Tuesday, August 14, 2012

Packing Up My Olympic Vocab

The Olympics have ended. I'm going to make another post about them anyway.

It amazes me how natural all the Olympic terms feel even though I only unpack them every four years. Usually, if I ever use the word "pike" I'm referring to a fish, or a large medieval lance. But everyone knows that during the Olympics the only meaning of "pike" is a reference to the style of somersault in diving.

In swimming, we suddenly understand that "splits" doesn't refer to a painful stretch, but to the time elapsed when the swimmer reaches each end of the pool.

Cycling apparently takes place in a "velodrome". I wonder how these cyclists ever practice because I've never seen a velodrome outside of the Olympics.

The work "skull" normally has a negative connotation to me as I think of death and skeletons and murder mysteries. The other Aussie definition of the term involves much alcohol consumption and is equivalent to the US word "chug".  But the Olympics redeem the term with the rowing.  Sculling is apparently a style of rowing, an oar, and the name of the boat! (Thanks Wikipedia!) Now see if I can remember that in Rio.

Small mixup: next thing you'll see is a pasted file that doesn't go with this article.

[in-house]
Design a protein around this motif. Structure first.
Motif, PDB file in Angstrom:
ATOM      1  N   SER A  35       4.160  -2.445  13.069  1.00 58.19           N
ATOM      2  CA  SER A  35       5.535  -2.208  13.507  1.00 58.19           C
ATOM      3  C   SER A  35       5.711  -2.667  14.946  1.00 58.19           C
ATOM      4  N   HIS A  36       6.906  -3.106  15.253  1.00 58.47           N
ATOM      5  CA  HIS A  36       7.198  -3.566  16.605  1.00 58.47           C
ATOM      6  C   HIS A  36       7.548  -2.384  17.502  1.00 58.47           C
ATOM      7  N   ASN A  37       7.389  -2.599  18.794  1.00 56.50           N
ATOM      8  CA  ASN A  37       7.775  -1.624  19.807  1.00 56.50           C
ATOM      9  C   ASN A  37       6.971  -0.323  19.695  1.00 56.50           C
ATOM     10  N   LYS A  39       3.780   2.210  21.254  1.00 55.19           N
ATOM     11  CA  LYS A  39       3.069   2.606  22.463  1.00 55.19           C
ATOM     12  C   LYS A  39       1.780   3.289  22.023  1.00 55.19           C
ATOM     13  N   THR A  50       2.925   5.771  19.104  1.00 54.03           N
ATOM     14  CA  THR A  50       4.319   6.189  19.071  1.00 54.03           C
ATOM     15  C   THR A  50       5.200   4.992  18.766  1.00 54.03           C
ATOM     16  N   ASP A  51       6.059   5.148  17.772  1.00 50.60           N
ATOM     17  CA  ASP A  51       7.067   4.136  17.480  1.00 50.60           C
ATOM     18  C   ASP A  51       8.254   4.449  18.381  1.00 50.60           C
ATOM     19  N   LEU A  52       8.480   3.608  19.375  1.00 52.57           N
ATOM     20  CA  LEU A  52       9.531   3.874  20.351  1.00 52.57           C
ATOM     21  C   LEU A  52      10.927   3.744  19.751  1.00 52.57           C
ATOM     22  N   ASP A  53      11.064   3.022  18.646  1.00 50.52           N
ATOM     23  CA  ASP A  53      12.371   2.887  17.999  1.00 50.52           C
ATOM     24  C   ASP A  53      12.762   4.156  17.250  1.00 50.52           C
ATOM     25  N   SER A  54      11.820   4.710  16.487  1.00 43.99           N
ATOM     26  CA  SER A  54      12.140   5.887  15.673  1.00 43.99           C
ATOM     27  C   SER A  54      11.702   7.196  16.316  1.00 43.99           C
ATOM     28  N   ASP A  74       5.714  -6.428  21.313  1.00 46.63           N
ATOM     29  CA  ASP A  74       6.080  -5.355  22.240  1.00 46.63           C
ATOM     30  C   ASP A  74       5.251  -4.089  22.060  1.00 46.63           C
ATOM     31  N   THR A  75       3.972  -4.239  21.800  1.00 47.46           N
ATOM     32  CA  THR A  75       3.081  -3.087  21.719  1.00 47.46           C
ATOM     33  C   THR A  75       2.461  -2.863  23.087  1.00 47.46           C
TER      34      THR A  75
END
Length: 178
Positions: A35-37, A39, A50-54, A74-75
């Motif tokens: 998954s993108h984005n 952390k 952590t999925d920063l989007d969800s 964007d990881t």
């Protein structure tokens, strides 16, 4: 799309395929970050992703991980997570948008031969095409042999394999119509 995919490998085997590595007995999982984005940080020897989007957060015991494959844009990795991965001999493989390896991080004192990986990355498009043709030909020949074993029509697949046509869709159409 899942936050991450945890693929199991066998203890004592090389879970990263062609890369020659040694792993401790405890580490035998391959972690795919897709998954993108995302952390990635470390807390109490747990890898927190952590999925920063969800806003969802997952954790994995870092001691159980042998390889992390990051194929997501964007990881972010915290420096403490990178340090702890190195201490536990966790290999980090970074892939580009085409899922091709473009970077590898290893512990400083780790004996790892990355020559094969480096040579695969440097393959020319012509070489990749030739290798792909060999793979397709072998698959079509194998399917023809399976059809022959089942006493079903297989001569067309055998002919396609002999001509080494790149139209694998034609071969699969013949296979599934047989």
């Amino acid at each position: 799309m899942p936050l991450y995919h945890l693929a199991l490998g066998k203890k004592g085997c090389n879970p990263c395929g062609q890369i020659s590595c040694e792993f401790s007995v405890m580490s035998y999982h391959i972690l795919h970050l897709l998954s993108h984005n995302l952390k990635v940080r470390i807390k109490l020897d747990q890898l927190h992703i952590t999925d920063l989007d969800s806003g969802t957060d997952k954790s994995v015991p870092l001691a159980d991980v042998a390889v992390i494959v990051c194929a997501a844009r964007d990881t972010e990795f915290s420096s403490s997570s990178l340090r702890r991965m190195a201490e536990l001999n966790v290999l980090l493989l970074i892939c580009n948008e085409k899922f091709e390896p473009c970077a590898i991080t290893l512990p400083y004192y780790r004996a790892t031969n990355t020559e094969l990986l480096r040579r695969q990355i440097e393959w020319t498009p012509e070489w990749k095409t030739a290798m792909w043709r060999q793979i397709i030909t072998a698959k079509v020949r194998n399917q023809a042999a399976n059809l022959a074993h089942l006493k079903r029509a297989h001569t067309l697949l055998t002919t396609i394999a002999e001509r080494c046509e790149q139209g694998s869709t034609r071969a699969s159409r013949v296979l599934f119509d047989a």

Sometimes we hear words we have no idea what they're referring to, but they just sound cool. For me, it's the "circle runner" in handball. I know nothing about handball, except that it's an Olympic sport, but I think I'd like to say that I'm "circle runner", unless of course it's a synonym for "running in circles" then it just sounds like your lost!

On the other hand, it doesn't matter how many times you refer to Soccer as Football it still doesn't sound right.  Another one that's odd for me is hearing ESPN talk about the men's 400m medley relay. In my Australian experience it's always referred to as the 4x100 relay.

All this is a good reminder that Christianity also has its own "technical" language that we often throw around and expect everyone to understand it. This video gives a good demonstration:

If you're not familiar with these terms, here's a quick primer just for you.

If you're looking for some serious lists of "church words" and their definitions, I've put together a few links here, here, and here. Or you could just google "Christianese".

Just don't wait 4 years to try them out!!

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